For Beginner Sewists: 2 Small Things for Sewing Success

Beginners, please add this to your sewing steps repertoire. (If you’re an advanced seamstress, feel free to go read my other excellent posts; or find more of tips by typing “sewing tips” in the search box at the top right of this post).

No, that is not my cutely manicured hand. The image is from the WordPress free image library for bloggers who use their platform.

1. Press your paper pattern.

Wrinkly sleeve pattern straight out of the envelope
Hit it with the iron, on a low-ish setting. Not so low that the wrinkles remain.

Yes, ma’am. Iron with a dry iron (no steam, but if there’s some steam it’s okay) to remove all folds and wrinkles on the tissue. They’re a result of being stuffed into that small envelope. Just think, if you let the folds and wrinkles remain, the pattern piece has a chance of being inaccurately shaped, and you’ll cut your fabric the same way.

2. Chain sewing

Three pieces with seams sewn continuously. See the connecting thread between pieces?

Another view: starting from the top, I stitched the darts in the back, continued to sew the princess seams in the left front, then continued with the right front. I could have continued this chain with the skirt pieces, before hitting the pressing and seam-finishing hurdles.

Huh? That’s what I call this process which I use to save time and effort in the sewing steps sequence. It requires a bit of pre-planning but worth it. The premise behind this is doing one sewing task as much as possible before moving on to the next one. For example, stitching pieces together as long as you’re at the sewing machine — before hitting the seam-finishing and pressing hurdle. If you like to pin the pieces before seaming together, you’ll do as much pinning together as feasible, before sewing. Then you can start the choo-choo sewing train, feeding the pinned seams into the machine, continuing without snipping the end threads, until you’re done with a bunch of “units”. Then, you can snip the connecting threads and proceed with pressing all the just-sewn seams as long as you’re at the iron, then serge-finishing them using the same chain-sewing process. Or, other preferred seam finishing. Try it. You’ll like it.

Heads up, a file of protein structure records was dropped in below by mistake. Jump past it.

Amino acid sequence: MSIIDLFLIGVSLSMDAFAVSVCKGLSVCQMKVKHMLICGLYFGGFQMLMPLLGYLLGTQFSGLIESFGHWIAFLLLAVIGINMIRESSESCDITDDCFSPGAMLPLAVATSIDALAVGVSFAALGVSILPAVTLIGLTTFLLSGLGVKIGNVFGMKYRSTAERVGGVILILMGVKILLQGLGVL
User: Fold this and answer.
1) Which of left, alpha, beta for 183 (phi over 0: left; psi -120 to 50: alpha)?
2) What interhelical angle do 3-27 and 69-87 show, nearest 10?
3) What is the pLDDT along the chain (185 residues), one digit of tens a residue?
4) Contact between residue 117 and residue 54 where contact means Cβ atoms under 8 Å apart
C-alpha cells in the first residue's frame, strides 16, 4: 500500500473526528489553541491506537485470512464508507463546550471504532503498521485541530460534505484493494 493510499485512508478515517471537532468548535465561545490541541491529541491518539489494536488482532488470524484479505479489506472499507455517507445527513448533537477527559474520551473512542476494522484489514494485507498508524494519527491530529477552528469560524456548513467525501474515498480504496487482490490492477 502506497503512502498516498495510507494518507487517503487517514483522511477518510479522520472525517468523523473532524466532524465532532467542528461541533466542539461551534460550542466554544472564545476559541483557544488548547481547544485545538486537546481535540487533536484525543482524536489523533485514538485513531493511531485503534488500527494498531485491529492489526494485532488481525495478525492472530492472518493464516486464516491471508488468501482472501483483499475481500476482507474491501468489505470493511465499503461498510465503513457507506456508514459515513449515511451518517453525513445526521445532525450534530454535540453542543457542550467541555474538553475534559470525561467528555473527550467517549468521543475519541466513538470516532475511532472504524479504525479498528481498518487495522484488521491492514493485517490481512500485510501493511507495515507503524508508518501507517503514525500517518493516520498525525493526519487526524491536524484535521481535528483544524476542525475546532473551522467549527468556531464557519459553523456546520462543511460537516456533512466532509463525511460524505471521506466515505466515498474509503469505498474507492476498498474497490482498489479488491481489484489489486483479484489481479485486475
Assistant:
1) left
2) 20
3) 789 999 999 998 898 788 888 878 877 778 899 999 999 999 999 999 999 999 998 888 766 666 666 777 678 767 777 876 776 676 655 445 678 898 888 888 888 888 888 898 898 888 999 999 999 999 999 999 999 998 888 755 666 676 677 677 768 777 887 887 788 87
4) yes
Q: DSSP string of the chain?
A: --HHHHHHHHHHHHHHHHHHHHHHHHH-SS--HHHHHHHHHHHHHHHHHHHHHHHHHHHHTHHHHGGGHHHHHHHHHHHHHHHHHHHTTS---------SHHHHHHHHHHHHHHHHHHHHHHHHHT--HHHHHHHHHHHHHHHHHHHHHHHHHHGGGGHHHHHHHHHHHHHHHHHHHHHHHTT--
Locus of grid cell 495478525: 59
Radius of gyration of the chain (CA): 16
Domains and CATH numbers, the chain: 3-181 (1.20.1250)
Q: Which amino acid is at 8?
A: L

I am currently working on this project, and the sewing is slo-o-o-w. Pieces pictured above. It is easy to make but the slowness is totally on me. Sigh….

Simplicity 8689

Have a great summer, everyone.


5 thoughts on “For Beginner Sewists: 2 Small Things for Sewing Success

  1. So glad you included pressing the pattern. I’ve seen so many on-line photos of sewists neglecting that step and it seems such a bad example. Your point that the wrinkles will change the shape & dimension of the pattern is spot on.

    Liked by 1 person

    1. Thank you! In my earlier sewing days, I used to neglect the pattern pressing — mainly because I wasn’t aware of it. Just sewed on in my merry way. Haha. A wise person set me straight.


  2. Morning Samina! Yes thank you for reminding everyone that patterns should be ironed, it really can make a difference. In fact, ironing a pattern is one of my favorite steps, partly because the smell of pattern tissue being pressed is one of my earliest sewing memories (one of those visceral memories you don’t quite remember, but it forcefully brings you back in time) and also because it has a strange calming effect on me (part of that half remembered memory?), it really focuses me on the project; kind of like breathing or meditating before you start your stretch or your run.

    And chain sewing is a good way to speed up your sewing a bit; we learn about it in quilting, but not garment sewing – too few techniques cross over between the types of sewing, thank you for making another bridge! Can’t wait to see your finished tunic!

    Liked by 1 person

    1. Hi Kasey! Amazing how these tasks lower the blood pressure. Never noticed the smell, though. I wonder why some people hate ironing in general. It can be so zen…


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